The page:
Apple needs to jump on TV opportunity, analysts say

The time is ripe, as the company has brand equity as a device maker and content provider

Apple's success in mobile devices like the iPhone and iPad could spill over into the TV segment if the company decides to make a push for devices with larger screens, analysts said on Friday.

Engadget on Friday reported that a new version of the Apple TV platform was due for launch soon. It would succeed the current Apple TV service, which allows users to watch movies and experience other multimedia content on TVs. Apple declined to comment about the Engadget report.

The new platform would include new hardware, including a box with an Apple A4 chip that would allow for 1080p video playback, according to the report. The device will be priced at US$99, substantially lower than its current $229 price, and will come with the iPhone OS. The new device will provide content storage in the cloud, compared to hard-drive storage in the current device, Engadget reported.

The initial Apple TV service was not considered a success, but with Internet and broadcast content beginning to merge, the company could be poised for success in the TV market, analysts said. The sales of wireless and Internet-capable TV sets are taking off, and Apple has more brand equity as a device maker and content provider than ever in the past. However, the company will need to fend off TV makers, service providers and software makers who have their sights set on the burgeoning TV segment.

There is a lot of fragmentation in the TV space, and Apple has a content distribution advantage compared to its rivals, said Roger Kay, president of Endpoint Technologies Associates. Elements of broadcast and Internet content are starting to merge, but companies are still trying to figure out the best way to bring them to big screens, he said.

"Apple has made a recent try at TV and it wasn't so great," Kay said. "This is an important market that Apple shouldn't leave uncovered."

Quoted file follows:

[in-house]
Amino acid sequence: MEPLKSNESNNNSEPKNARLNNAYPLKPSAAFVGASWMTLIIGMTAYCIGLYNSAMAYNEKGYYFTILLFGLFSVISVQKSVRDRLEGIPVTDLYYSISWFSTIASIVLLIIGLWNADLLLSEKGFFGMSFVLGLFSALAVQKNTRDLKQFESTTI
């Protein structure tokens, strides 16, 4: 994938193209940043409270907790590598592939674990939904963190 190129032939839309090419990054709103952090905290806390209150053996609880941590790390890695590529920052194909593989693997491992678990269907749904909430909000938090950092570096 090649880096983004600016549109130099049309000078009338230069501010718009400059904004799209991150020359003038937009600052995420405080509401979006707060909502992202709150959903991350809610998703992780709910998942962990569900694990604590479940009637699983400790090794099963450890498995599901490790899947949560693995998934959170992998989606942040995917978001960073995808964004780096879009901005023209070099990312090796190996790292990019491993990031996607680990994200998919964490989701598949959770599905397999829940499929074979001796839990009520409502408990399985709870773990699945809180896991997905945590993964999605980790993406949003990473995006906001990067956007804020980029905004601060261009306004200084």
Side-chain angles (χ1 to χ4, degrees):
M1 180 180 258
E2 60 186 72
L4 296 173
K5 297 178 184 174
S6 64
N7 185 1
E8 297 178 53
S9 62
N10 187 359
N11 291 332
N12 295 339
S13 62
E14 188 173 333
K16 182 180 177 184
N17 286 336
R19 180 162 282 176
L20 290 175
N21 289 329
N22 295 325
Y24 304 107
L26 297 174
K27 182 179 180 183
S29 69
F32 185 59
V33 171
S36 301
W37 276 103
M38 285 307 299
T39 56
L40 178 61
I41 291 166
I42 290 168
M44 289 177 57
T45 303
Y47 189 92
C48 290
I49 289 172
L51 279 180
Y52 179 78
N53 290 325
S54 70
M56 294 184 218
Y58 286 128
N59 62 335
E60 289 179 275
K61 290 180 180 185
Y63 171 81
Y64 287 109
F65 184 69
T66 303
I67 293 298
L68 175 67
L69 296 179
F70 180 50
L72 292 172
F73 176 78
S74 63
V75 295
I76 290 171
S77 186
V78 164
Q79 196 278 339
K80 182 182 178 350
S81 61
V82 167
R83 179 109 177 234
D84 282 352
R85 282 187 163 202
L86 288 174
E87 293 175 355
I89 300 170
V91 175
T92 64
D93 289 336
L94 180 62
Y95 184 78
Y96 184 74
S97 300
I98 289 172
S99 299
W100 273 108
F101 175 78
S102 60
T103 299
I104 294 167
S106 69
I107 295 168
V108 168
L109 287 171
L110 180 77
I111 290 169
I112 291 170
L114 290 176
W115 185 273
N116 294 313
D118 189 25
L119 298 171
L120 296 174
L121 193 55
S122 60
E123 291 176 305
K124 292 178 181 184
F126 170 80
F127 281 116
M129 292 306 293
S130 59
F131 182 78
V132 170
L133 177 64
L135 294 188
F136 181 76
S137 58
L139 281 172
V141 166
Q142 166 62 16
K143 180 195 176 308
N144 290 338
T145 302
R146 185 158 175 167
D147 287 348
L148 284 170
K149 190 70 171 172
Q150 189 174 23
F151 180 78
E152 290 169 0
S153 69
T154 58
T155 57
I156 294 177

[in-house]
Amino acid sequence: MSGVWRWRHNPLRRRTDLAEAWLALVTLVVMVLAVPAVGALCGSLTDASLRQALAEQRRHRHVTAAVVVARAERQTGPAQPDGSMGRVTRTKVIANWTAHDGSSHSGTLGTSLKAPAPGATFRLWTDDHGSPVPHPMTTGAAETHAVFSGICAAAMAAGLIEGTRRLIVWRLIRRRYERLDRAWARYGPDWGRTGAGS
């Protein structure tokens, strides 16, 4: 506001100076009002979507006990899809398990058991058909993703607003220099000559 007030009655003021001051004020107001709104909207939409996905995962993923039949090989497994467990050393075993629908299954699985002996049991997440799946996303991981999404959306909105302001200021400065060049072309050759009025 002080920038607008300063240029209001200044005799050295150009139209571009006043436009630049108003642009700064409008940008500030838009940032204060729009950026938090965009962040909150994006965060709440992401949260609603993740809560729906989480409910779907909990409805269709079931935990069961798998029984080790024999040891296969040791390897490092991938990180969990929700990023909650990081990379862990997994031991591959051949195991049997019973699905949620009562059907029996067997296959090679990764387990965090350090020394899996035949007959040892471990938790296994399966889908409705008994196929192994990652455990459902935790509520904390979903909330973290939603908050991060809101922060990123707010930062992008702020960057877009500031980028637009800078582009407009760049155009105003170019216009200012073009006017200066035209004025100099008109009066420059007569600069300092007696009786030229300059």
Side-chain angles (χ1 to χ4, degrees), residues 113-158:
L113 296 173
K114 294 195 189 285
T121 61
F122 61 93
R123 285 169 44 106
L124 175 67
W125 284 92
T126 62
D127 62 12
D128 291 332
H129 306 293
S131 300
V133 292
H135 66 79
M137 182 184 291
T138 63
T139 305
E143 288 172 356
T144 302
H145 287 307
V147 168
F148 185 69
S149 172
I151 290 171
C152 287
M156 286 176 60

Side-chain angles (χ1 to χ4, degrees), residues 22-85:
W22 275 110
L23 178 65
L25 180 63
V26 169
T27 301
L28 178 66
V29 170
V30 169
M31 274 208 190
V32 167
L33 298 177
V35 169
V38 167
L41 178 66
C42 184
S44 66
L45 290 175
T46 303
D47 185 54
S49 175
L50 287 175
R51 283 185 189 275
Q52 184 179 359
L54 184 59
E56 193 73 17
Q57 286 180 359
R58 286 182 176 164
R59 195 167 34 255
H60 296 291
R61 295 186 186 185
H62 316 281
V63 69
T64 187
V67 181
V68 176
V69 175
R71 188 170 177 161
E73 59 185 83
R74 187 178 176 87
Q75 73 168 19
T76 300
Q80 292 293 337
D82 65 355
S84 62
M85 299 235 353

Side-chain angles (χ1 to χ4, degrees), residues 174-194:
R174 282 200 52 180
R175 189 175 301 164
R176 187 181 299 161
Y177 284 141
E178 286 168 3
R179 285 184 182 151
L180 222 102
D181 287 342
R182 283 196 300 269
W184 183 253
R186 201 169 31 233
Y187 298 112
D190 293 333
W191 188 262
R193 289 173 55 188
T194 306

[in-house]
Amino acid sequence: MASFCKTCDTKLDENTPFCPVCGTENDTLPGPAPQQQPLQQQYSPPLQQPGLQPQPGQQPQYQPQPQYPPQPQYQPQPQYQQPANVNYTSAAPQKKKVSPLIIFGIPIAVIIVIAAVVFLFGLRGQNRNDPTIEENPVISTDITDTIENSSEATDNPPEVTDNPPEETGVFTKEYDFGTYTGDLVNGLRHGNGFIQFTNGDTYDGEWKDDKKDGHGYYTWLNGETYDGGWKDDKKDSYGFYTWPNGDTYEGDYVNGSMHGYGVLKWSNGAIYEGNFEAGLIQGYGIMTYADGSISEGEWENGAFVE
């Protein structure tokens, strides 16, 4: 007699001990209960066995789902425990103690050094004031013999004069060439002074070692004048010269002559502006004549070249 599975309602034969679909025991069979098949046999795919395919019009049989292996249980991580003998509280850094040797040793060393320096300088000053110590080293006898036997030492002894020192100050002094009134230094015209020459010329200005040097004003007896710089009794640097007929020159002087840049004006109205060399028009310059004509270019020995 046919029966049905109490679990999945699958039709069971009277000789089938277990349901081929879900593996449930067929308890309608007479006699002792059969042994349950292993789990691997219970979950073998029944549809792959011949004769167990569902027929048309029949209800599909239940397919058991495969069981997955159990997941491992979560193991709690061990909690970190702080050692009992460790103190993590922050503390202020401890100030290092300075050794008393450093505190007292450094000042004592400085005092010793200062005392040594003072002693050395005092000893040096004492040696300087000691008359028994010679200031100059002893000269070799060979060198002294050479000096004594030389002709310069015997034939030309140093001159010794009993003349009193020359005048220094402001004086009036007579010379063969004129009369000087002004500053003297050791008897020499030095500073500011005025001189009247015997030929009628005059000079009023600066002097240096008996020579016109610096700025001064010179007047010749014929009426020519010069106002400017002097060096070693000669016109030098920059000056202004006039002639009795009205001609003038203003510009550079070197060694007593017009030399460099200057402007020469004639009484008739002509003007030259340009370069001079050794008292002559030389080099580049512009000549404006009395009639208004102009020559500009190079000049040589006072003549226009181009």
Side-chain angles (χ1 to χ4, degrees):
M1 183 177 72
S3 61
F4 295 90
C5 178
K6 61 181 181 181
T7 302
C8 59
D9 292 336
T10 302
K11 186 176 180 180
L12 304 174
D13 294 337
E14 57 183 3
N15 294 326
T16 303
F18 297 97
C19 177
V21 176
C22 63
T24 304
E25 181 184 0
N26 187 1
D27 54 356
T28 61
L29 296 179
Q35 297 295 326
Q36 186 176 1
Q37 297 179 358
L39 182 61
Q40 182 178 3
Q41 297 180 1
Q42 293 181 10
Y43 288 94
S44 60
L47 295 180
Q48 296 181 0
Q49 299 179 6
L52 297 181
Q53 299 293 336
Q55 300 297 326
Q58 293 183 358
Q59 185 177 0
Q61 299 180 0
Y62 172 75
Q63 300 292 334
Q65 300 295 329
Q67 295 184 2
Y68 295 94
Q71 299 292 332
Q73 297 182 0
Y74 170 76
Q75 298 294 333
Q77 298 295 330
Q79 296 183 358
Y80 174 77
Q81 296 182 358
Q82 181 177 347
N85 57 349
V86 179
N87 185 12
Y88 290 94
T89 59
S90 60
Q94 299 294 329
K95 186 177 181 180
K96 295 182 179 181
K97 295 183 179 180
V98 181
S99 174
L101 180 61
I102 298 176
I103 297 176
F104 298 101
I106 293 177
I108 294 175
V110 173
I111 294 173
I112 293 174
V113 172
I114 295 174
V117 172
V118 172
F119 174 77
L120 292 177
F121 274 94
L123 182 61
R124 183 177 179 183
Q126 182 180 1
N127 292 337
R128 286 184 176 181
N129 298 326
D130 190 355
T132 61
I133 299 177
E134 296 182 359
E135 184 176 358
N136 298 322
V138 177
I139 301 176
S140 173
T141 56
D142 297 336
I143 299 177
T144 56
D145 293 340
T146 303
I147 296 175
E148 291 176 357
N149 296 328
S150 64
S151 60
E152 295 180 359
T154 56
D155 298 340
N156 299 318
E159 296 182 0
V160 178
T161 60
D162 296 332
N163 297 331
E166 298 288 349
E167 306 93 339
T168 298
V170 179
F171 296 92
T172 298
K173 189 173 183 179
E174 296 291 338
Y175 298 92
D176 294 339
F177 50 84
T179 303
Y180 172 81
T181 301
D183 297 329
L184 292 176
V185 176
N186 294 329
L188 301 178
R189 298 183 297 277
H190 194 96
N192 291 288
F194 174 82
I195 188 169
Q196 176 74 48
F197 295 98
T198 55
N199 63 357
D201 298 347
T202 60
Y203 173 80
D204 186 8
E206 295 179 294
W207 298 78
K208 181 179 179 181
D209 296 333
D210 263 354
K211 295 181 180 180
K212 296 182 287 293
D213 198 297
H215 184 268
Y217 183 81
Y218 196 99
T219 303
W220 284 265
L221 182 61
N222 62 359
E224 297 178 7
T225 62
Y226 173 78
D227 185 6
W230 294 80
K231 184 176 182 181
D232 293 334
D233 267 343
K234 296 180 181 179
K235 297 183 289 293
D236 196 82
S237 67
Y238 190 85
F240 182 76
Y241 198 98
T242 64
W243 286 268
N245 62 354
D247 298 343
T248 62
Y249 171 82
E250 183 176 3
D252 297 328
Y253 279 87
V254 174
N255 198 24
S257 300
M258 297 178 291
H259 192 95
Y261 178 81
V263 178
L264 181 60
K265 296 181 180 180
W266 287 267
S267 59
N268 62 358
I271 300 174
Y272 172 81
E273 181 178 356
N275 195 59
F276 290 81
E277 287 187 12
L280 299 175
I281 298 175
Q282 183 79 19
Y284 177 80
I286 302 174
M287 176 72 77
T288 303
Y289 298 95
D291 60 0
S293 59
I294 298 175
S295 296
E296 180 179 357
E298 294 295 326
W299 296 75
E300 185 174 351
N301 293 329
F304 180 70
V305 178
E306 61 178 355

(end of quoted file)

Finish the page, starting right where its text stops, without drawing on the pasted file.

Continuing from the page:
Though unsuccessful, Apple can boast of experience in the TV market, which gives it an early mover advantage, Kay said. The company also has the reputation of providing a good user experience for customers on devices like the iPhone and iPad, and the brand equity could carry over to the TV.

One of Apple's rivals could be Google, which along with partners Intel, Sony and Logitech last week announced the Google TV platform, which will blend broadcast TV and Internet into one interface. Google will supply the software, and the service will be available later this year in some Sony high-definition TVs and Blu-ray DVD players, for which Intel will supply the Atom CE4100 chip.

It would not be a surprise if Apple announces something around Apple TV as early as the developer's conference, said Tim Bajarin, president of Creative Strategies. Apple's Worldwide Developers Conference will be held in San Francisco from June 7 to 11.

"People think that Apple may be responding to Google, but it may be the other way around," Bajarin said. Google CEO Eric Schmidt was part of Apple's board in the past and understands Apple's direction, he said.

Apple's mobile product strategy -- like with the iPhone and iPad -- revolves around bundling hardware, software and services. But the strategy may need to change in the TV market, analysts said.

Apple was an early player in the mobile market, which allowed it to blend things, but there are too many players offering Internet-connected TV sets and services, analysts said.

In addition to providing hardware and content, Apple will also need to make it easier for customers to understand what the service does, said Stephen Baker, vice president of industry analysis at the NPD Group. There are too many moving parts a customer needs to understand in order to use the current Apple TV device and surrounding services.

It will depend on Apple if it wants to bring simplicity with an all-in-one purchase, Baker said. Nevertheless, the segment is growing and the time is ripe for Apple to exploit it.

"Given the fact they've been unsuccessful, it's a product segment that it is poised to explode," Baker said.

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